Former president Donald Trump insisted Kentucky Senator Mitch McConnell was to blame for Republican gubernatorial candidate Daniel Cameron losing to his opponent on Tuesday night, claiming the relationship was “too much to bear” for voters.
“Daniel Cameron lost because he couldn’t alleviate the stench of Mitch McConnell,” Mr Trump wrote on Truth Social.
“I told him early that’s a big burden to overcome,” the ex-president said while adding that Mr McConnell, the Senate Minority Leader is “kryptonite” for GOP candidates.
Mr McConnell and Mr Cameron are close colleagues and allies. Many Republicans believed Mr Cameron’s campaign would be successful because he had the backing of Mr McConnell.
Mr Trump endorsed Mr Cameron earlier this year – something once coveted by Republican candidates but which now appears to be losing its status. But the former president insisted it was his endorsement that helped Mr Cameron and Mr McConnell that led to his loss.
“I moved him up 25 Points, but the McConnell relationship was ‘too much to bear’” Mr Trump added.
However, other Republicans think Mr Cameron’s close ties to Mr Trump may have been his downfall.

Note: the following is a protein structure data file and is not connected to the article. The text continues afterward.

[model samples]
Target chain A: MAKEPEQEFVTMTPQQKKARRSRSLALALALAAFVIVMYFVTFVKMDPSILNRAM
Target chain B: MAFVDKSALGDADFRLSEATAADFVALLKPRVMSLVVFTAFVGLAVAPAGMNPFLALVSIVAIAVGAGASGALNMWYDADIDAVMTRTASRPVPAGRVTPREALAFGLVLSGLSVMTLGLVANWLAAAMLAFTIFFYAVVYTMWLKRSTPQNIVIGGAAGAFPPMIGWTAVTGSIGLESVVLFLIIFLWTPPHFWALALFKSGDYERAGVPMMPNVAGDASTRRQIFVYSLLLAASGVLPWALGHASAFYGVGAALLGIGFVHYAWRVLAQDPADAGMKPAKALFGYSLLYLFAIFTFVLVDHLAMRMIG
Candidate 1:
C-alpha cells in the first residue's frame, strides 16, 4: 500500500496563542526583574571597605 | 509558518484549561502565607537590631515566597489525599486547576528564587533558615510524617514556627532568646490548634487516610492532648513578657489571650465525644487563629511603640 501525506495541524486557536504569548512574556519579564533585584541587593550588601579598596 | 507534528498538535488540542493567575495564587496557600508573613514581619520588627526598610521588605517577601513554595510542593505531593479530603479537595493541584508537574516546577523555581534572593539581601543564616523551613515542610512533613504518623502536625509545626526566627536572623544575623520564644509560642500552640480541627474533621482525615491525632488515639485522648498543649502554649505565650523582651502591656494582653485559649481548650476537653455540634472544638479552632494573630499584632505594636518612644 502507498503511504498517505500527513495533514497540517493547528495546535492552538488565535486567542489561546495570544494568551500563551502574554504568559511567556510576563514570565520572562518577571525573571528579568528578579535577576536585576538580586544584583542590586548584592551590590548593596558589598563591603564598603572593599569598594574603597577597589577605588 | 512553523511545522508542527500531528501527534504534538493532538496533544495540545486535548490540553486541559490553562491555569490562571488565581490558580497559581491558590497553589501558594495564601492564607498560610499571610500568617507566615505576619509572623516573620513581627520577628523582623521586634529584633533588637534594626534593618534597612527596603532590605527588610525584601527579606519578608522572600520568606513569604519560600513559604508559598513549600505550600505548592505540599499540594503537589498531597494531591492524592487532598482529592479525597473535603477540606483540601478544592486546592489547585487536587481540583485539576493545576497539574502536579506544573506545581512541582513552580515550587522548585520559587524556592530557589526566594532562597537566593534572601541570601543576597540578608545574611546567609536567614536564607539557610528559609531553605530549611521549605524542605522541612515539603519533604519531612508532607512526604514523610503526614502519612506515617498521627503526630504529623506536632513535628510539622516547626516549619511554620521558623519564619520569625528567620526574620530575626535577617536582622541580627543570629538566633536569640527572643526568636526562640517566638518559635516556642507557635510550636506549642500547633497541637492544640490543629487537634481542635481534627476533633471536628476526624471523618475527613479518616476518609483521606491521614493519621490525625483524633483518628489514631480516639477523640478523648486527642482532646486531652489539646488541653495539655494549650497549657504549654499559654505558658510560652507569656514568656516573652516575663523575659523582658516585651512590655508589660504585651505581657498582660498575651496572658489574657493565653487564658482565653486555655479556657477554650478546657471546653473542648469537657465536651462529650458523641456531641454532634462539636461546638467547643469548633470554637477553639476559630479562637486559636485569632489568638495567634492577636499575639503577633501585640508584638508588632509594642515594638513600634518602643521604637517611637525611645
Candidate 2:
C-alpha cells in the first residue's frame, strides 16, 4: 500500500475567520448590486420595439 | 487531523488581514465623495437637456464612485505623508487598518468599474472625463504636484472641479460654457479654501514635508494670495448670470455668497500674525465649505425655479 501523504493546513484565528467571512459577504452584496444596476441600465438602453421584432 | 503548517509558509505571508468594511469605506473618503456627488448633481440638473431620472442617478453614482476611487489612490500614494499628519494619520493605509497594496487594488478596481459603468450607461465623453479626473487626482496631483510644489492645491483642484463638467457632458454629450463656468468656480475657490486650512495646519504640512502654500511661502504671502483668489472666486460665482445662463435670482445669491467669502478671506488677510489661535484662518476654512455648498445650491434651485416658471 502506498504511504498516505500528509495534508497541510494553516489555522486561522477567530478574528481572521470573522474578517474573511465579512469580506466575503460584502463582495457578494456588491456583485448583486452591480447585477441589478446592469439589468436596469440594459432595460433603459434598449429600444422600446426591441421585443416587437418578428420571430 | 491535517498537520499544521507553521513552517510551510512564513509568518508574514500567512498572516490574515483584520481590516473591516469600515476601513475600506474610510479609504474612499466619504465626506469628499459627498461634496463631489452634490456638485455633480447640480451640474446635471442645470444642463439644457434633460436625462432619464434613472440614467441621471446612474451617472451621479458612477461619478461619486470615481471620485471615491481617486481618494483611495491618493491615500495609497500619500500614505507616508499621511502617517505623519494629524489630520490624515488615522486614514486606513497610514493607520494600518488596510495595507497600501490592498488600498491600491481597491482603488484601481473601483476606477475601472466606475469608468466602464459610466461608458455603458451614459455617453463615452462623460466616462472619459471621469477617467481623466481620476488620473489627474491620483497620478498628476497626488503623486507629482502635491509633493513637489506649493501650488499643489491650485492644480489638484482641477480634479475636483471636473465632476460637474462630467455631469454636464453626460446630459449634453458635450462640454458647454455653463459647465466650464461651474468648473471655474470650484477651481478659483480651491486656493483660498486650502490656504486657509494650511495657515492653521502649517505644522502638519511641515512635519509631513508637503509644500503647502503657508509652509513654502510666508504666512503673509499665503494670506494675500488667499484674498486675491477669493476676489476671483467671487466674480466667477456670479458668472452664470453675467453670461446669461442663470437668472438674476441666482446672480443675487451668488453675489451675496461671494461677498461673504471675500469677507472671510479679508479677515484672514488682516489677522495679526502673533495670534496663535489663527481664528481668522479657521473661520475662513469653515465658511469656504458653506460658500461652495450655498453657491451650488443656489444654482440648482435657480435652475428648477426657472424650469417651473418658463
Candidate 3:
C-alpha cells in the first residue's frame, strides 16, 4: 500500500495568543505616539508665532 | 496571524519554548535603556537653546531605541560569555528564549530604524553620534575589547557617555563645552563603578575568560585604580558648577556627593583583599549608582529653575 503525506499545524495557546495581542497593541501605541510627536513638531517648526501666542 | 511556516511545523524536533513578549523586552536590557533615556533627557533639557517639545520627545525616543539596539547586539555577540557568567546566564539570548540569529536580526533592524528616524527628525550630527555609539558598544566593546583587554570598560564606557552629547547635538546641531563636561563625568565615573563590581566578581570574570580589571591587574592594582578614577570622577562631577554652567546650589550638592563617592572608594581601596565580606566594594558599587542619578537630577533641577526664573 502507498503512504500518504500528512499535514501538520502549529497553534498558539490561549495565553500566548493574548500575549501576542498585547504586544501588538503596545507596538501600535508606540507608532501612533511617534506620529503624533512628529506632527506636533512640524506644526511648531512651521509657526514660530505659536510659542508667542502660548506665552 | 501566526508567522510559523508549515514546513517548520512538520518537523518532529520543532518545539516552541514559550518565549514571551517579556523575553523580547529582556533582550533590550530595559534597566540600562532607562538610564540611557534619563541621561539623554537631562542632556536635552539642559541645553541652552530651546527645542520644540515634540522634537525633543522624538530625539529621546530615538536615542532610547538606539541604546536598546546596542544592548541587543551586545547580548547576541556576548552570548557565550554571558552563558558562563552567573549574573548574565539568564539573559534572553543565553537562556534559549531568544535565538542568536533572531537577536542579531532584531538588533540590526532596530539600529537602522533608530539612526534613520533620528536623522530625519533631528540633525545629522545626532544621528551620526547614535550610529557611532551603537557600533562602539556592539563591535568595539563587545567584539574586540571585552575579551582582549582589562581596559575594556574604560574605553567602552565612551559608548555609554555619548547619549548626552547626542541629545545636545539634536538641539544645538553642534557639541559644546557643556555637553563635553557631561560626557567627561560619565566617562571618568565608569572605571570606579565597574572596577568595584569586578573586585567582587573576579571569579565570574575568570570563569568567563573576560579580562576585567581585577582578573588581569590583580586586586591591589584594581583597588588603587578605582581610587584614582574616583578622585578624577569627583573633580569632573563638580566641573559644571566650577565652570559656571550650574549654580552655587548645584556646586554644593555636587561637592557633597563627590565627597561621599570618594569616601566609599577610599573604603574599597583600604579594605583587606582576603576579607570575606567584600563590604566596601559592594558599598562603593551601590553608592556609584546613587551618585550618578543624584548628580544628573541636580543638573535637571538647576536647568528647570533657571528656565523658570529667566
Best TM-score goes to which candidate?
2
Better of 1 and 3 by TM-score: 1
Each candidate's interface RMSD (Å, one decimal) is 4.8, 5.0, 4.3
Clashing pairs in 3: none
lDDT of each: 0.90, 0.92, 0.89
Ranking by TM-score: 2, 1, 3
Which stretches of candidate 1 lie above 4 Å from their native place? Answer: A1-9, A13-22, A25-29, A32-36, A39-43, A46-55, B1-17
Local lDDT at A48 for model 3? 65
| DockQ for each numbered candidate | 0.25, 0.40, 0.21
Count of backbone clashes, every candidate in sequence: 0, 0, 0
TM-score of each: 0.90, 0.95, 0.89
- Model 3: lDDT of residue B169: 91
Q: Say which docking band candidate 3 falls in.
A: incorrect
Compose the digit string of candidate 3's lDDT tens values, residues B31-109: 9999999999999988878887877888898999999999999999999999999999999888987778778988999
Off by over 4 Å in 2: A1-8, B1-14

Chris Christie, the former New Jersey governor and current 2024 candidate, said Mr Cameron “made a huge mistake” embracing Mr Trump.
“Cameron was a rising star in the Republican party until he decided to throw his lot in with Donald Trump,” Mr Christie told CNN
“Let’s face it, Donald Trump is political and electoral poison down the ballot,” he added.
Chris Christie on CNN: "Daniel Cameron made a huge mistake by embracing Donald Trump and selling his soul to him. And that's what he did. And the voters -- Kentucky is a very red state, as you noted -- gave their verdict on politicians who sell their soul to Donald Trump." pic.twitter.com/U8Uy543DGP
— Aaron Rupar (@atrupar) November 8, 2023
In the midterm elections, approximately 82 per cent of the candidates Mr Trump endorsed succeeded, according to The New York Times. However, many of the endorsed candidates were incumbents who historically are favoured to win.
The governor’s race in Kentucky was expected to be competitive. Though Mr Beshear is the incumbent he is a Democrat in a deeply conservative state.